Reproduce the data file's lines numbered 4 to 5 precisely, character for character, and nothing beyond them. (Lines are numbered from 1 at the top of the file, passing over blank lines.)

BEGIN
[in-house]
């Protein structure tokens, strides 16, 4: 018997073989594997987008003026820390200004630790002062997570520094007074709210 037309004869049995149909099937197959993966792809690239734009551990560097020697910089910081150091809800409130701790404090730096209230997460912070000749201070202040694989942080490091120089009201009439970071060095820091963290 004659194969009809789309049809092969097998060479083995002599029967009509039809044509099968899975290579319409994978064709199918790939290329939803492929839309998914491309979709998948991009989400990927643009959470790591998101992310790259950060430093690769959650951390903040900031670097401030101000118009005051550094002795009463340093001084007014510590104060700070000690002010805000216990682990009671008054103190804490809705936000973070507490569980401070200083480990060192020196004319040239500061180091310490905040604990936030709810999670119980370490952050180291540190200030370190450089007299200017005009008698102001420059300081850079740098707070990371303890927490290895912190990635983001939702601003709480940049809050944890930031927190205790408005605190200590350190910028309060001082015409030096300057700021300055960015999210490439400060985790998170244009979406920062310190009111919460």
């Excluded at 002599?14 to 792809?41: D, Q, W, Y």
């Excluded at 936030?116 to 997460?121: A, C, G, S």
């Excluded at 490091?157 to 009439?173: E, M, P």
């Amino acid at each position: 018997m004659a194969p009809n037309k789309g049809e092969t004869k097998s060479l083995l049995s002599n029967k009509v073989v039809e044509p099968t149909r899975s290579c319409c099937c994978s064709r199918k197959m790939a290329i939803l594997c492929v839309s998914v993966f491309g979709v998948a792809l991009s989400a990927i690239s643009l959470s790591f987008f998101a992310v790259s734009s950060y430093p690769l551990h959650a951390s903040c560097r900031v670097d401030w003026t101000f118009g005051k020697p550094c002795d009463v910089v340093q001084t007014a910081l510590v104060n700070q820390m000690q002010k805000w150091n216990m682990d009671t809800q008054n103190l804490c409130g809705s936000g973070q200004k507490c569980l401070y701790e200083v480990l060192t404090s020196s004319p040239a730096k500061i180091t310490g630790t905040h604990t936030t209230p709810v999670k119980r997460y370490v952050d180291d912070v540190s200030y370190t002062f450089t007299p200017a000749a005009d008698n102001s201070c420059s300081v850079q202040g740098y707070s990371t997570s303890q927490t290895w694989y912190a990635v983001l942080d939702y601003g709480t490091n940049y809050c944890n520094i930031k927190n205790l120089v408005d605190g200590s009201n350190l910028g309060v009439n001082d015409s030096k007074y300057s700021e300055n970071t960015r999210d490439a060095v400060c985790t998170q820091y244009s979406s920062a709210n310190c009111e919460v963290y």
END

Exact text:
């Excluded at 936030?116 to 997460?121: A, C, G, S």
């Excluded at 490091?157 to 009439?173: E, M, P």